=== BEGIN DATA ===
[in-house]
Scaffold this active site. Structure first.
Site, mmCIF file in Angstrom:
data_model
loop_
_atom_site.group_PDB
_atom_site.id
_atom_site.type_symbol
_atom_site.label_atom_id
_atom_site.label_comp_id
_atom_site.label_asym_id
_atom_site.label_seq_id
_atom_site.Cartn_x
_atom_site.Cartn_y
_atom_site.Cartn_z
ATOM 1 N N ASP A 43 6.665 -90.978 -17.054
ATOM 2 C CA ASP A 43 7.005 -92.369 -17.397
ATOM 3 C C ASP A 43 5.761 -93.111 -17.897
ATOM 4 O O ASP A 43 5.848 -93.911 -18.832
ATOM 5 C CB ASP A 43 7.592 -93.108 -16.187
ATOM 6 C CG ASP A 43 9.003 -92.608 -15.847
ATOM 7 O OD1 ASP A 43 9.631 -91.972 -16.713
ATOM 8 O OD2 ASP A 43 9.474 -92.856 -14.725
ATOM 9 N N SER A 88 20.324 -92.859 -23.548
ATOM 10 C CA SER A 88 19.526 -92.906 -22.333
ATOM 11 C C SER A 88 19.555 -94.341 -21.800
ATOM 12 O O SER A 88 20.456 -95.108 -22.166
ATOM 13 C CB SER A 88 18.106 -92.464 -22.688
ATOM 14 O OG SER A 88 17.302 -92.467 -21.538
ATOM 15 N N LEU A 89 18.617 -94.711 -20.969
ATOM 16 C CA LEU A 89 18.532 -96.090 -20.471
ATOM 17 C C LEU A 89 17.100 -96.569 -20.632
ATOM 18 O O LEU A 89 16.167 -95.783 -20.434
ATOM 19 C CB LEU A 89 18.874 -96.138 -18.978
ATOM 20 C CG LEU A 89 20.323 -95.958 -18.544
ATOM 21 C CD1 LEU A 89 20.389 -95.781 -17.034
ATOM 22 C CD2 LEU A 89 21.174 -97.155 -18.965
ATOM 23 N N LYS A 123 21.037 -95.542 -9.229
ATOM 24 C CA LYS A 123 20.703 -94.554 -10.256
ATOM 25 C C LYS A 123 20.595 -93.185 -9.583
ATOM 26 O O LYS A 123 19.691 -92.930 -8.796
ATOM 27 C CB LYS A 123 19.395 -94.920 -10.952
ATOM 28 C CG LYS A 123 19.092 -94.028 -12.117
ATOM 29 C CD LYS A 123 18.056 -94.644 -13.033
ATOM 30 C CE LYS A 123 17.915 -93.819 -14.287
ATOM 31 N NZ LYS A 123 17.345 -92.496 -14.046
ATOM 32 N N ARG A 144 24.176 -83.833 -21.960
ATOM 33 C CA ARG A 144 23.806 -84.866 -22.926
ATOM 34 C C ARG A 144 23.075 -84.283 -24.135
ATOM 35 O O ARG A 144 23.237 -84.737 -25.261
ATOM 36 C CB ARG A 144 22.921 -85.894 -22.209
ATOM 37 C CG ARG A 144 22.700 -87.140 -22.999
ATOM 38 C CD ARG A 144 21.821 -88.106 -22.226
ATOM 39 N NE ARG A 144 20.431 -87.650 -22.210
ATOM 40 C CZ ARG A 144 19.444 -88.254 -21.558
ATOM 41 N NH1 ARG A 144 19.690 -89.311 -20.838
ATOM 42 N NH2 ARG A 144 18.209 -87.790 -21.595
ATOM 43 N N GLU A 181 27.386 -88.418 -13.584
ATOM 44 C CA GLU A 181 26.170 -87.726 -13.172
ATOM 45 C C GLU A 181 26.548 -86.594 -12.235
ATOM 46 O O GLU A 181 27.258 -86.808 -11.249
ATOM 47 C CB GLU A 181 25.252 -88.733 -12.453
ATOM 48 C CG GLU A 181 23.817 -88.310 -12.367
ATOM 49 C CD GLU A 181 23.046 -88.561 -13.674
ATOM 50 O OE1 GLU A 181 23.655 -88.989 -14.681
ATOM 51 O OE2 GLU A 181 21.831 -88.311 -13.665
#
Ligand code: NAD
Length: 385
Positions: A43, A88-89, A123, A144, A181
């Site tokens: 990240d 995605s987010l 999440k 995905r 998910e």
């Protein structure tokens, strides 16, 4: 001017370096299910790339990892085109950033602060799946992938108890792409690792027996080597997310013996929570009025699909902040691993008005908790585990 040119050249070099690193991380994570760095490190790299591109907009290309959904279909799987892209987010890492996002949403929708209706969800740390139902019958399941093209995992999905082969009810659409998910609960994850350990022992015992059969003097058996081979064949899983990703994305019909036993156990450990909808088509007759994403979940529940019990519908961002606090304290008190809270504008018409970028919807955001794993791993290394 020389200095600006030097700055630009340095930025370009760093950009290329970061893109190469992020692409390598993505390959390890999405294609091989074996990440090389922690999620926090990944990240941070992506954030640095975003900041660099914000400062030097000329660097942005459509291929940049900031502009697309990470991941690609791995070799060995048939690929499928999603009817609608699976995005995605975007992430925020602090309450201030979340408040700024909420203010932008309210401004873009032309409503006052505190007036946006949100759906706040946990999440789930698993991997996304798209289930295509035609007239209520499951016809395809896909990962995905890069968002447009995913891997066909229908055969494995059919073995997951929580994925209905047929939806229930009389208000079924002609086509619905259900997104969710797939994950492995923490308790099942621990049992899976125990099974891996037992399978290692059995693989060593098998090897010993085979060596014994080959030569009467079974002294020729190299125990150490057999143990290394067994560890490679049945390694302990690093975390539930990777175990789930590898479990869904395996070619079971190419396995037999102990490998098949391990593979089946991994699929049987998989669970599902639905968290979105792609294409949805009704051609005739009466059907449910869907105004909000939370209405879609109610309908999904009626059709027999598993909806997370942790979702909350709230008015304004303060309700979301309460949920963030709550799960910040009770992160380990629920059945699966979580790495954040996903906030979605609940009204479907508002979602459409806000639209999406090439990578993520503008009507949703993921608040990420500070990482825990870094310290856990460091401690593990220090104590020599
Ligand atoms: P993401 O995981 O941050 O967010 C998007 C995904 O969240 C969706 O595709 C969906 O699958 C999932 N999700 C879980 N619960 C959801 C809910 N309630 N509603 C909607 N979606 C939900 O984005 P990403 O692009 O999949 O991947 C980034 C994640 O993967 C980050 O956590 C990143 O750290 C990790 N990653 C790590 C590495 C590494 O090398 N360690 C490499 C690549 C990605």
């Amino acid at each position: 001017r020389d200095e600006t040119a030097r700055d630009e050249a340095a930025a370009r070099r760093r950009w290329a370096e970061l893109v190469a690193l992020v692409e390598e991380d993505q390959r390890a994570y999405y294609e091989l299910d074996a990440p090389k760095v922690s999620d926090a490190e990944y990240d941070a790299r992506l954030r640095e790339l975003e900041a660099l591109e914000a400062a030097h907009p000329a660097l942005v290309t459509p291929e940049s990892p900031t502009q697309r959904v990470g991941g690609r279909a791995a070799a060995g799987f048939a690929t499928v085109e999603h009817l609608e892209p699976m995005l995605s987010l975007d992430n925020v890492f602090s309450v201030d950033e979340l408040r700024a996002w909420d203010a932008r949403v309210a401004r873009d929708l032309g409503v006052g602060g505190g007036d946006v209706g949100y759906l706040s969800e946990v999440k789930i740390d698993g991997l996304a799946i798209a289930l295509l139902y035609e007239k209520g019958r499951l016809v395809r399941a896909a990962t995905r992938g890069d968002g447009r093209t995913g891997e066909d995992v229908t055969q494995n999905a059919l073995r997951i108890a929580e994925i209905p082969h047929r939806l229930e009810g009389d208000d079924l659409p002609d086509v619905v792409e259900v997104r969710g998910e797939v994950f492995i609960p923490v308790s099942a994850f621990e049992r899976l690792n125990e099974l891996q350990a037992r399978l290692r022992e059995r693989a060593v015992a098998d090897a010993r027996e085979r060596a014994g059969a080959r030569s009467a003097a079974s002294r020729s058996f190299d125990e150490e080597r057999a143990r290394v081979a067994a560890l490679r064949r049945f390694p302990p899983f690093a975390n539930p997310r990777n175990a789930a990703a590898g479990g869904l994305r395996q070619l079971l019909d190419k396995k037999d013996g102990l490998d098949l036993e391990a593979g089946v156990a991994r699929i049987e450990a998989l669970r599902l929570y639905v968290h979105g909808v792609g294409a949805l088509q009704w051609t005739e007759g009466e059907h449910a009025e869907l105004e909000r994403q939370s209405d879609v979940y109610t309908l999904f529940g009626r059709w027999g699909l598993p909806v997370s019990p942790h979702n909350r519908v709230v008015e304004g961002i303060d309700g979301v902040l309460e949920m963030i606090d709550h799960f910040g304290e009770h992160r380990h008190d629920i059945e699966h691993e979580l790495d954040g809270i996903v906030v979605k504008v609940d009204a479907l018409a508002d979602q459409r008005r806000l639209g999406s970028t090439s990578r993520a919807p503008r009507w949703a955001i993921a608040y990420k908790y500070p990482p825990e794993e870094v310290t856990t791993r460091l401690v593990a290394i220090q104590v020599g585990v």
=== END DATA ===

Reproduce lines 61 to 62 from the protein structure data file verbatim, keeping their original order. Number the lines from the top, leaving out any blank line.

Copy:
ATOM 46 O O GLU A 181 27.258 -86.808 -11.249
ATOM 47 C CB GLU A 181 25.252 -88.733 -12.453